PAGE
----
Inexperience or incorrect use of equipment during aquatic activities also can lead to distress on the water.
“Everything people can use to enjoy themselves in the water can be a potential problem if it’s not used correctly or if you don’t have the knowledge on how to use it properly,” he said.
Watching the currents
Sgt. Philip Cain of Myrtle Beach Beach Patrol said there have been more longshore currents this year, which are the currents that tend to gradually pull swimmers down the shoreline.
“If you’re a non-swimmer, we don’t recommend that you go in the ocean,” Cain said. “If you do go in, we recommend that you only stay where you can see the bottom.”
Swimmers caught in rip currents should swim parallel to the shore to escape the current, then swim at an angle toward the shore, safety officials said. They also recommend floating on your back and calling for help if you can’t swim out of the rip current.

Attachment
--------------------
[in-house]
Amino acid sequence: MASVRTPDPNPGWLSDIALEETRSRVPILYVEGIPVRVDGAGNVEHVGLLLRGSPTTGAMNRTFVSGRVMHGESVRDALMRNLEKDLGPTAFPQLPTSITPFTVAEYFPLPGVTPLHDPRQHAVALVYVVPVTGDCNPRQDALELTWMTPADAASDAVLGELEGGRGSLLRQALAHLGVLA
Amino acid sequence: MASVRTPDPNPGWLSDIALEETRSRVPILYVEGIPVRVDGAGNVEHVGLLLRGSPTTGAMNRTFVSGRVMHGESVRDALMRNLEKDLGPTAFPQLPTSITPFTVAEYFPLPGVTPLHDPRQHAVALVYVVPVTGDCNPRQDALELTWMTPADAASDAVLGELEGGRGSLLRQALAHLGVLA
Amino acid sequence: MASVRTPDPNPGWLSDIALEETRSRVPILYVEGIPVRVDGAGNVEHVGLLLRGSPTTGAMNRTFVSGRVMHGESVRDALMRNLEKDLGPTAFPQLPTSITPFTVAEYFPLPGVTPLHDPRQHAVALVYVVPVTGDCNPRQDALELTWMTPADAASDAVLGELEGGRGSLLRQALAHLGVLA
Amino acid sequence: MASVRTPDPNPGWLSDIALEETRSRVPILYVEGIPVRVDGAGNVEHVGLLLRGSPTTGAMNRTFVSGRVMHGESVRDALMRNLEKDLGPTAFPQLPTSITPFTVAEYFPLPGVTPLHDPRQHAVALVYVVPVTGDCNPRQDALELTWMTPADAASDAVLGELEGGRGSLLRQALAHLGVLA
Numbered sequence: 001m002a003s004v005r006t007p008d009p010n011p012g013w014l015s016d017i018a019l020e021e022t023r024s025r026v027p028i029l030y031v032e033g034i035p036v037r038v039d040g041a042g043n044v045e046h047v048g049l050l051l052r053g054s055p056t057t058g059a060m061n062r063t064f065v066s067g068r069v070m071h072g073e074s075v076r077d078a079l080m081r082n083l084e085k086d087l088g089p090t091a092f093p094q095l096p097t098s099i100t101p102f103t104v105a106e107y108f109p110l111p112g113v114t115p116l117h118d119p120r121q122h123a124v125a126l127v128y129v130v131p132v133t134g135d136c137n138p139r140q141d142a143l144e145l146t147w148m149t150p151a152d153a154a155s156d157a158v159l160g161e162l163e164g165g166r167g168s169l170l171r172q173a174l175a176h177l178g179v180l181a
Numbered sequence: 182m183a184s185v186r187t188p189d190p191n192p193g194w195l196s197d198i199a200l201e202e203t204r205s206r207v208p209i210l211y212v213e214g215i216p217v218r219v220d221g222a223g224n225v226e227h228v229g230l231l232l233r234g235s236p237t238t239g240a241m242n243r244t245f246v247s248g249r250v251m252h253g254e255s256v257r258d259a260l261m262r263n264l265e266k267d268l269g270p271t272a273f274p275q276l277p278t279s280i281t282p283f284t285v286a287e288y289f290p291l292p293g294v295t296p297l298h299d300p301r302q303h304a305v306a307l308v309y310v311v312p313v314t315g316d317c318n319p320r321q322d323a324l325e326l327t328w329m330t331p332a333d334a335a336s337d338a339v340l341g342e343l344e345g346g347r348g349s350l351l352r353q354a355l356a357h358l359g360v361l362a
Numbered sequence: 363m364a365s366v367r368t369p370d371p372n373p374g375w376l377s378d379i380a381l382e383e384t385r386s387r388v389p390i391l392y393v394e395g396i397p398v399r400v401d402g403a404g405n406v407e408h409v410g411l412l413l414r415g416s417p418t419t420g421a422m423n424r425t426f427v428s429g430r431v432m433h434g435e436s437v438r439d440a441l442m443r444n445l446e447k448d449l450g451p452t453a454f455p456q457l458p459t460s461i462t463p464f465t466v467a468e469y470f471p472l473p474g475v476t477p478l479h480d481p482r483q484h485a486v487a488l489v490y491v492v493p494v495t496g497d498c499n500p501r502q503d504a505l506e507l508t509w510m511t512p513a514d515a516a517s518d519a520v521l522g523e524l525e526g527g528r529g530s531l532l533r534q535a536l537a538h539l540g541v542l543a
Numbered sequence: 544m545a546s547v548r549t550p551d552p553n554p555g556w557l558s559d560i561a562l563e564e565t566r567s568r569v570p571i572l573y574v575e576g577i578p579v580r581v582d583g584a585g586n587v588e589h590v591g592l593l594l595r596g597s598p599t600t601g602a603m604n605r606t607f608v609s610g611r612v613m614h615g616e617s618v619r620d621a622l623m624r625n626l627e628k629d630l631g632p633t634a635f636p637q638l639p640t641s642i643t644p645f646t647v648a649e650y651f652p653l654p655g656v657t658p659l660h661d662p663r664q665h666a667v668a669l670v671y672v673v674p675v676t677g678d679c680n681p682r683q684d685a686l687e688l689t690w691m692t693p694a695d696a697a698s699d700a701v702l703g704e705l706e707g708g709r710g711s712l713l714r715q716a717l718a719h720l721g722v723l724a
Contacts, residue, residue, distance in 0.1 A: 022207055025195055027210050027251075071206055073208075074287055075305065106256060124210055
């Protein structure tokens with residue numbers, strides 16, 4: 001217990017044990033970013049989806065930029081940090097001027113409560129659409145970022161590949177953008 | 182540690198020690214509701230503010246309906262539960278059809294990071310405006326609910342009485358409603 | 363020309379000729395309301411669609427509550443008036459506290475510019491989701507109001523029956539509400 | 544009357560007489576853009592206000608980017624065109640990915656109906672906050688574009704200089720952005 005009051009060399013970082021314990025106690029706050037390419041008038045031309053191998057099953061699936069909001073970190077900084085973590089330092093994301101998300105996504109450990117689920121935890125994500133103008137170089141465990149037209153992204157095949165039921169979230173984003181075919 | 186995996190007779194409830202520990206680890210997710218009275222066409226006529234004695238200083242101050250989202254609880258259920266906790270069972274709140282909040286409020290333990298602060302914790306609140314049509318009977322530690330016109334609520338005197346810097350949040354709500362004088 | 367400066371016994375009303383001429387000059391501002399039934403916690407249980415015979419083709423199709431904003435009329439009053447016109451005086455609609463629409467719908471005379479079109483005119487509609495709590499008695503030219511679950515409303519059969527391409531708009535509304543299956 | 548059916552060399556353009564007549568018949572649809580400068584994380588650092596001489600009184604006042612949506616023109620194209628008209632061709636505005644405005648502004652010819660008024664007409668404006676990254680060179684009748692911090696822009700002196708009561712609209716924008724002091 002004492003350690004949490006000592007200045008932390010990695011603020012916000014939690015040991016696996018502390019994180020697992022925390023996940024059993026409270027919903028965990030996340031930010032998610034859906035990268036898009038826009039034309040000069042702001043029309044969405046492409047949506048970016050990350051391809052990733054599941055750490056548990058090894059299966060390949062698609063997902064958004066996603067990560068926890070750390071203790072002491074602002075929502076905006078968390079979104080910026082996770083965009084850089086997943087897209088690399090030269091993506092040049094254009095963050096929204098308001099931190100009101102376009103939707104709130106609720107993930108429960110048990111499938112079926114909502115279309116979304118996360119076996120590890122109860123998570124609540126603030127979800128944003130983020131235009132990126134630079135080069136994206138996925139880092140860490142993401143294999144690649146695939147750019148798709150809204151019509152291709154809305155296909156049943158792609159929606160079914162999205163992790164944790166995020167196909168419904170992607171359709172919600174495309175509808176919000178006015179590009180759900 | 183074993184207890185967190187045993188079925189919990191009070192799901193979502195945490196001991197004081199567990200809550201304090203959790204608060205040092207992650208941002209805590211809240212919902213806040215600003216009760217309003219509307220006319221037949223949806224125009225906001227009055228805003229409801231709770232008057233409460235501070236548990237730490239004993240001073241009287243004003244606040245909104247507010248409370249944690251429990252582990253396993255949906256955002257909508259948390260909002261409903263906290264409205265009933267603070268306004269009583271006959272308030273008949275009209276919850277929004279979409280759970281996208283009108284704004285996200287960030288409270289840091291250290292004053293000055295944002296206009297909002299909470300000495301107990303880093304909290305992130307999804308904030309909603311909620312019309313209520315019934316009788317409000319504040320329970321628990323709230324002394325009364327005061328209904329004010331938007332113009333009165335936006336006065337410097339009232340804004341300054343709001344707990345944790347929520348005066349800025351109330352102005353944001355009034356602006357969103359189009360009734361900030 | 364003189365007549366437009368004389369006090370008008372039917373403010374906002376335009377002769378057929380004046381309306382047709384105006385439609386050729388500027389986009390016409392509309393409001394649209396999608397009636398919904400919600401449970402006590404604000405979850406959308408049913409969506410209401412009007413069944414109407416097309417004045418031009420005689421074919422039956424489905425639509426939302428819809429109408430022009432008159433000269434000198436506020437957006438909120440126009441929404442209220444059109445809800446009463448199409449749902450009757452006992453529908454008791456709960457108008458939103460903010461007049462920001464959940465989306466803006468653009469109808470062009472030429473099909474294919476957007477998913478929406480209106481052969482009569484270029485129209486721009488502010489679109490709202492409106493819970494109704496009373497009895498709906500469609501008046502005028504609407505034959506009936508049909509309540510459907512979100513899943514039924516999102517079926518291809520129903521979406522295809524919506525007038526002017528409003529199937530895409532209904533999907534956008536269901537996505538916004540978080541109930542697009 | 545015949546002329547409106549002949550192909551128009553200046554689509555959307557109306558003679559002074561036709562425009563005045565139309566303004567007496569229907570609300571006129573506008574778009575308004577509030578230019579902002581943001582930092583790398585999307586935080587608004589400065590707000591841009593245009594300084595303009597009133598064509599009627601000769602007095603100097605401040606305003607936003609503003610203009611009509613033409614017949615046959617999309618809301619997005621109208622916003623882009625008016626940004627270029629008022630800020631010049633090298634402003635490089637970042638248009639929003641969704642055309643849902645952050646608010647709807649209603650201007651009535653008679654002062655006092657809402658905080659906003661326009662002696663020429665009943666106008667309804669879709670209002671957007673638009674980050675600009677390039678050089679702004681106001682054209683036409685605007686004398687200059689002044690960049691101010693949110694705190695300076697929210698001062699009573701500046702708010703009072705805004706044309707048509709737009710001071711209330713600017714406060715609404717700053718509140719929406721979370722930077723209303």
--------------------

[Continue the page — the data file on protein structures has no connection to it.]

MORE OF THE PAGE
If you’re a non-swimmer, we don’t recommend that you go in the ocean,” Cain said. “If you do go in, we recommend that you only stay where you can see the bottom.
Sgt. Philip Cain of Myrtle Beach Beach Patrol
The many issues that might change ocean currents – such as weather systems and the topography of the ocean itself – are studied separately, according to CCU’s Gayes. Researchers are just beginning to study how these factors affect the number of ocean rescues.
“This isn’t a huge funded project here,” Gayes said. “It’s something we’ve got lots of calls about. We’re interested in these kind of processes.”
It’s also possible weather systems are changing, thus changing the ocean.
“One of the worries in the field is that all our models are looking at behavior of the (climate) system in the past,” Gayes said. “If we’re seeing fundamental change in our climate, the past may no longer be as good a projection of the future.”
Beachgoers stay vigilant
Rhonda Limon said she has been visiting the Grand Strand from Plano, Illinois for many years and feels safe in the water overall, but has been somewhat worried after hearing reports of drownings and strong currents this summer.